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Image / Editorial

Anne Gildea

22nd Oct 2013

Anne was diagnosed with Stage 3C breast cancer two years ago. She underwent chemotherapy treatment before her mastectomy. She also had radiation and is still undergoing reconstruction. ?I didn’t realise it’s so common and that it’s so treatable. When I heard ?cancer? I thought I was dying. I thought this is it. I didn’t realise even when it is Stage 3, it’s still treatable.?

Biggest surprise?Because I write and I’m a creative person, that was my saviour, because I approached it as a new experience. I really engaged with it on that level, almost as a privileged insight into an incredible experience. Part of it might be denial and part of it might be the way the human mind works, but I look back and I think it wasn’t that bad.

Best piece of advice she received You really need one person who comes on the journey with you. I didn’t have a partner, but it was my sister who really shared the experience. I would imagine it could be lonely if you didn’t even have that one person who knows the significance of every appointment and every test result. My sister just knew it all and really shared everything with me.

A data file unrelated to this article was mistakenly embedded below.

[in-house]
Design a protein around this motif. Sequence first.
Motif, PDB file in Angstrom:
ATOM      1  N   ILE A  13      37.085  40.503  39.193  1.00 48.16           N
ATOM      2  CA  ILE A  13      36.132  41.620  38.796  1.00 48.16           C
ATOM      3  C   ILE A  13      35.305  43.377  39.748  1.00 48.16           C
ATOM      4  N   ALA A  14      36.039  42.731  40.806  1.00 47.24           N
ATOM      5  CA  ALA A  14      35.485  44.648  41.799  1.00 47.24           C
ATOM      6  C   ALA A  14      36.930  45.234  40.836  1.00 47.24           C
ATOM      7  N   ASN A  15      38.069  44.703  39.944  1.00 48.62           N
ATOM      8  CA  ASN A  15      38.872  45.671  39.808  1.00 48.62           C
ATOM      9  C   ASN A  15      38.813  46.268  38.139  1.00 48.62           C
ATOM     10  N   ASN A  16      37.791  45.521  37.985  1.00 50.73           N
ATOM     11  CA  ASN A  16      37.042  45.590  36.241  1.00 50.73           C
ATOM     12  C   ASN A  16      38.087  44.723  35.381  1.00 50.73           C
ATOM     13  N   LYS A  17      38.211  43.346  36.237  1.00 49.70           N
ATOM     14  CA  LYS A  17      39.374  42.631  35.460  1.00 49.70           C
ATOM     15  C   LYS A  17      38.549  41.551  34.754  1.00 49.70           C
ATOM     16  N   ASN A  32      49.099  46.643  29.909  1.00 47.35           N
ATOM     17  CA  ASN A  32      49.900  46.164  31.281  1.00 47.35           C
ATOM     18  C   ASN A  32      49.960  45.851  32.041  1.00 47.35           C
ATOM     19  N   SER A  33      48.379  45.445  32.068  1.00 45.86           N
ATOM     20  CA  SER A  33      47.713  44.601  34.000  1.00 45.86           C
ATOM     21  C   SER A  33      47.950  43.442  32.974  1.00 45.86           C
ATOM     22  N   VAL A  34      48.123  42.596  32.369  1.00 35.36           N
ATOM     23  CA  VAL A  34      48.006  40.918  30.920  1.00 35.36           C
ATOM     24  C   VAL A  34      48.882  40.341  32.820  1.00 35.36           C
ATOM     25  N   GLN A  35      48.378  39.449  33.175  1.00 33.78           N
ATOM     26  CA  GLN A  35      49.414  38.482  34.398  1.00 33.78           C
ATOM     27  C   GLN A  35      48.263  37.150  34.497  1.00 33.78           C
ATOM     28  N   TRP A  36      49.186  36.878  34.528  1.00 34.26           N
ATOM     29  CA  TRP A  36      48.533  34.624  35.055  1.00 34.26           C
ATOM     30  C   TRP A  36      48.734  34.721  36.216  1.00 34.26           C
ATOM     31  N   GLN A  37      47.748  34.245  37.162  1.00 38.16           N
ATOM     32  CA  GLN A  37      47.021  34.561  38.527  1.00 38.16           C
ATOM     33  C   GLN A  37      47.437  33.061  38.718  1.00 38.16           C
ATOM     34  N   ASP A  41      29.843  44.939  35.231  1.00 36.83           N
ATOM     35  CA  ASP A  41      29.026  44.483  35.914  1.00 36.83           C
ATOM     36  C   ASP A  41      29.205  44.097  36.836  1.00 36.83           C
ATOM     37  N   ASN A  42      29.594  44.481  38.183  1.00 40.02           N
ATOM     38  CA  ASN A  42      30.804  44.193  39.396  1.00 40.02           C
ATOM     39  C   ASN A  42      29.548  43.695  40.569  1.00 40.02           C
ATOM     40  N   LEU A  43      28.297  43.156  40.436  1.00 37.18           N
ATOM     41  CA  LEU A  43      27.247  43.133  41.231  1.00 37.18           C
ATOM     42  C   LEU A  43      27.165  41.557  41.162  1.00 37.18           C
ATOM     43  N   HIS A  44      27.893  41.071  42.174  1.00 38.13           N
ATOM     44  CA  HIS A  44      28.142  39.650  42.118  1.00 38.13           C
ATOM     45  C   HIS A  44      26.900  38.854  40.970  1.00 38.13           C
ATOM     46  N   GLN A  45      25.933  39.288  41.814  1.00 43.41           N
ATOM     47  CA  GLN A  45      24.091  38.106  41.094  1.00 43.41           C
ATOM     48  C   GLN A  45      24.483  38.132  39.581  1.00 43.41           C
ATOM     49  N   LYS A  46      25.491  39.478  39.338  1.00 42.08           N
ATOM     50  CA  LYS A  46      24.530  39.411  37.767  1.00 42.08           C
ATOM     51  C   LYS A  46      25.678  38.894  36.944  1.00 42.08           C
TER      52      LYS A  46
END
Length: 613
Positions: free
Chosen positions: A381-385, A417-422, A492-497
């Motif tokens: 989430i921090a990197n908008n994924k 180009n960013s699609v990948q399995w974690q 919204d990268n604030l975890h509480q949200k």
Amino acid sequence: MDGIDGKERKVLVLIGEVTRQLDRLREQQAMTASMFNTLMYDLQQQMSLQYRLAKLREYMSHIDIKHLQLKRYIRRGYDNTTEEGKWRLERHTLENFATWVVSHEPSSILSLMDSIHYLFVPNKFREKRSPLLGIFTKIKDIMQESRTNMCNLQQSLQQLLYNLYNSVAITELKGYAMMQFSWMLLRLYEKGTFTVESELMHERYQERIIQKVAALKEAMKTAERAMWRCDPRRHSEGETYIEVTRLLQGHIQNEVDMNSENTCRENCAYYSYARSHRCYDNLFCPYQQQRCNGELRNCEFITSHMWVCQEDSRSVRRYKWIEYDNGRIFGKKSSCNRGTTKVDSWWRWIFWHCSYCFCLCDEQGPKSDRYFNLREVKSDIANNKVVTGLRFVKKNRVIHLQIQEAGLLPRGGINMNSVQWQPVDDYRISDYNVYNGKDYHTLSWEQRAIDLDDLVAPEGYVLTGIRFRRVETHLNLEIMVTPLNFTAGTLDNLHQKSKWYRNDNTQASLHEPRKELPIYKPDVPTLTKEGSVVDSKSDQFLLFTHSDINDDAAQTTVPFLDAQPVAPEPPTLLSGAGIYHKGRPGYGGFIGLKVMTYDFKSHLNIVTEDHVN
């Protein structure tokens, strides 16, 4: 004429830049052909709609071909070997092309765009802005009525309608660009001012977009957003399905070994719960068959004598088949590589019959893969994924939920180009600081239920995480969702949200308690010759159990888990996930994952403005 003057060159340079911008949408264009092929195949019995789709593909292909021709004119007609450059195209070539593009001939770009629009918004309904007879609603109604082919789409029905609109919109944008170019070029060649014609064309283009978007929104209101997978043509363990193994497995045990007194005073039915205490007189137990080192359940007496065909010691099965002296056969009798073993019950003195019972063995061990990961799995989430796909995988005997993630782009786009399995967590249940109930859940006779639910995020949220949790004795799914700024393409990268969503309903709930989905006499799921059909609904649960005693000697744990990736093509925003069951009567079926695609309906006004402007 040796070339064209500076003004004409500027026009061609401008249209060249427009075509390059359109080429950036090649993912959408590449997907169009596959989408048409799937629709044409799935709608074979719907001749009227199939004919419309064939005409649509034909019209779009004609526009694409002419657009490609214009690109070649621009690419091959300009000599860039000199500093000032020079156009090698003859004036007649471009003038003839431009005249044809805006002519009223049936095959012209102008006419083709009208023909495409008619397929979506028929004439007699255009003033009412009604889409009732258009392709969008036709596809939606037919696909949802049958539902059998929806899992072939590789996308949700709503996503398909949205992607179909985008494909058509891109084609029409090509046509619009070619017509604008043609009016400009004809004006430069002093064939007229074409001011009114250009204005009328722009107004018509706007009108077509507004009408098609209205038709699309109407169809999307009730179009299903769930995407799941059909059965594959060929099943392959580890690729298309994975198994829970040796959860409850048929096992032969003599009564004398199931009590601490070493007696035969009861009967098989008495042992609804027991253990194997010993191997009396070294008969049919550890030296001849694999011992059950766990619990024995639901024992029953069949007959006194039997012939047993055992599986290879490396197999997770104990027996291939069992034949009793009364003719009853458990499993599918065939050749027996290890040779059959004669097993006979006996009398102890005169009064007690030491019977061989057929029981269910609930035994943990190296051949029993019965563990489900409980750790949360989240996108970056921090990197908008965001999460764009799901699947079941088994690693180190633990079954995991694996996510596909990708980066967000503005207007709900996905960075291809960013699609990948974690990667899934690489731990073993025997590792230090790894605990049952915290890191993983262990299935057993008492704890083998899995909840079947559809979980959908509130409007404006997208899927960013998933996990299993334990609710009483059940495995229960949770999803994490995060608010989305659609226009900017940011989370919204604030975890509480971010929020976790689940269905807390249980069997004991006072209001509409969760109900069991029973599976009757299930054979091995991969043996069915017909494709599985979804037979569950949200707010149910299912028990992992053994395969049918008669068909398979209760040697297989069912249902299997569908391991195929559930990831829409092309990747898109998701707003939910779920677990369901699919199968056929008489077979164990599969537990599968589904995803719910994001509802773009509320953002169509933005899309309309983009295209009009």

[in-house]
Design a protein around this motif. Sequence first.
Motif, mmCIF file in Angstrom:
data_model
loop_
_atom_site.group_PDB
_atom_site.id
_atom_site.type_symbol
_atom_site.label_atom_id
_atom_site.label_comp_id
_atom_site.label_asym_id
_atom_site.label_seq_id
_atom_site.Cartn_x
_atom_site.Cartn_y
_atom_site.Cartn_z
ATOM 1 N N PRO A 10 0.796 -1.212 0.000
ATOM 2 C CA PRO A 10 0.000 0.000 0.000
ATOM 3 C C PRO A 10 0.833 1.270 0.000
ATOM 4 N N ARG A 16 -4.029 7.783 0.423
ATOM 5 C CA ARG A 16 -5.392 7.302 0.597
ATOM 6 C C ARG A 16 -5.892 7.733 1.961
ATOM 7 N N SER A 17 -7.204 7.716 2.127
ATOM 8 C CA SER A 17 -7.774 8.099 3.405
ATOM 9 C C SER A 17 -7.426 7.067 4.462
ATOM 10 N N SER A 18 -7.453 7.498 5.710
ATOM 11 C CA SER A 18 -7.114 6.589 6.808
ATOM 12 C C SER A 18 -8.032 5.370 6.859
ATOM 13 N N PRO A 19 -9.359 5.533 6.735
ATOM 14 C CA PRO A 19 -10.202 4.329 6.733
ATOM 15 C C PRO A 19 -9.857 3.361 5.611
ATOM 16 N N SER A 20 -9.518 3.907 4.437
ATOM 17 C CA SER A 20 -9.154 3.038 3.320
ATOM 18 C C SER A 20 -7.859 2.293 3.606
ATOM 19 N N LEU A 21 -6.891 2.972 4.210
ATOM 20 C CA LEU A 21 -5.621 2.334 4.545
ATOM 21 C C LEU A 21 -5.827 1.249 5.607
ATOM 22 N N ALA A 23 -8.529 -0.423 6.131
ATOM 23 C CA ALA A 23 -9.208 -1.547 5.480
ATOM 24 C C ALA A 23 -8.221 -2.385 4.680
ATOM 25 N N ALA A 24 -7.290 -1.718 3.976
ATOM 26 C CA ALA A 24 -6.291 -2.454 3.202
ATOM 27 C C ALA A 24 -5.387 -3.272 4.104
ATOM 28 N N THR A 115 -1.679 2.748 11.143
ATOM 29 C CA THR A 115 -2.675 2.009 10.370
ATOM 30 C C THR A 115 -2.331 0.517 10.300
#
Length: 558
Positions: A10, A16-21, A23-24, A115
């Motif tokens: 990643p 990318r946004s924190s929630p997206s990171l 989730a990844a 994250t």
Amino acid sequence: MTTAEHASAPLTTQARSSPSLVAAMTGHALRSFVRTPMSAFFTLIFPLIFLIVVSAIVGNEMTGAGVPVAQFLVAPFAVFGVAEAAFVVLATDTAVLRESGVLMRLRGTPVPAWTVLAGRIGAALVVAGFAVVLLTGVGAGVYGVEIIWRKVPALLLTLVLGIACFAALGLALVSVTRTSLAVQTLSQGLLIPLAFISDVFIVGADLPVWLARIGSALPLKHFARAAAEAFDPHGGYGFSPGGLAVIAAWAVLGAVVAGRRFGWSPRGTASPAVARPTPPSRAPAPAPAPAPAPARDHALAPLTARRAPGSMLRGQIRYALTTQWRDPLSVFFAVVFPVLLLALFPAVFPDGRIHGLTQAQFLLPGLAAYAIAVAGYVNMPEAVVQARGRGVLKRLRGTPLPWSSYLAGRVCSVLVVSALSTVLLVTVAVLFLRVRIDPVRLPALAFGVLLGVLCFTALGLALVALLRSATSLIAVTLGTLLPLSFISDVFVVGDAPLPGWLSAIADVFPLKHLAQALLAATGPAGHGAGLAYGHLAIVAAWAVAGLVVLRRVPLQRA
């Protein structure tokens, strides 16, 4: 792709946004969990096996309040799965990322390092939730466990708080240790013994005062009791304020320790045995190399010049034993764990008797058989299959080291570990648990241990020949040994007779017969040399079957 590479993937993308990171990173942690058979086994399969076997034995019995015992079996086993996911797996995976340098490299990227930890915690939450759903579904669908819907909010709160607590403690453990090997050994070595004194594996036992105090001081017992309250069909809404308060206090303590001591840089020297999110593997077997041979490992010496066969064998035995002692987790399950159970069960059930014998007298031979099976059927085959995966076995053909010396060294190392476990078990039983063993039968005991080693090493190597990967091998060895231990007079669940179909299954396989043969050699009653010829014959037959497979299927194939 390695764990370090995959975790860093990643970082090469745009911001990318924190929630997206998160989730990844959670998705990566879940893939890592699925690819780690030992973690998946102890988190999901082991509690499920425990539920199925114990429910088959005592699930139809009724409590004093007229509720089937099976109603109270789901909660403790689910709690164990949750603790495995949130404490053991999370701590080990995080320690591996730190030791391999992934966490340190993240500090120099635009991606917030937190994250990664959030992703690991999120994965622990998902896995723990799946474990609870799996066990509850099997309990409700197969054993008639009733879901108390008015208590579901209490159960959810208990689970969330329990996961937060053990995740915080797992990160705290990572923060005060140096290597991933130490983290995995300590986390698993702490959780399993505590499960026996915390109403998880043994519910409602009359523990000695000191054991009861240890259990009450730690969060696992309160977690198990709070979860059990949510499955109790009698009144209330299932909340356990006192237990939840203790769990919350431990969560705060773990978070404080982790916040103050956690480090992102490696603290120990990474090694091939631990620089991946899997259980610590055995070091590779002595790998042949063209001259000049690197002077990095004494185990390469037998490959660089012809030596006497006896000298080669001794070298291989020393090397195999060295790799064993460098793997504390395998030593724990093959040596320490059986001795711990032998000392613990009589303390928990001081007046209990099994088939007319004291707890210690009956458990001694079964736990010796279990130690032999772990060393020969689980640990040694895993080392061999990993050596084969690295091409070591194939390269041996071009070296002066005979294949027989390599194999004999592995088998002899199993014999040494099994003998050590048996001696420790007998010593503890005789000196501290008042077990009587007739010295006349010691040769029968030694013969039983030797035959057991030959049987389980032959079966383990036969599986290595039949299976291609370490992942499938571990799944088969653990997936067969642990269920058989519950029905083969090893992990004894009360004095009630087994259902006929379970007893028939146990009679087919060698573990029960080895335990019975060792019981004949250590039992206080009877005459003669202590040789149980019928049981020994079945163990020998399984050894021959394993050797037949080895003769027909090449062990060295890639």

Did having cancer make you completely reassess your beliefs??I’d always been very focused on work and very clear about not believing in marriage. I measured up having kids from a feminist perspective. Having cancer really connected me to my body. Now, it’s too late for me to have kids, but I realise that there is this core urge that goes so beyond all the rubbish you read in the papers and the right wing stuff about women being in the home – that there is this desire for organisms to replicate. I connected with that a bit and if it had happened to me when I was younger, I think, getting well again, I would have liked to have children now. I would have had a tendency to intellectualise everything, but it’s about listening to your body. Your body can really tell you amazing truths.

I’ve Got Cancer, What’s Your Excuse? by Anne Gildea (Hachette, approx €17) is out now. For information on gigs, check out

If you want to make a DONATION to the Irish Cancer Society you can CallSave 1850 60 60 60 or visit here.

If you want to fundraise to help support those with breast cancer you can join the Irish Cancer Society’s Get the Girls campaign by ringing CallSave 1850 60 60 60 or visit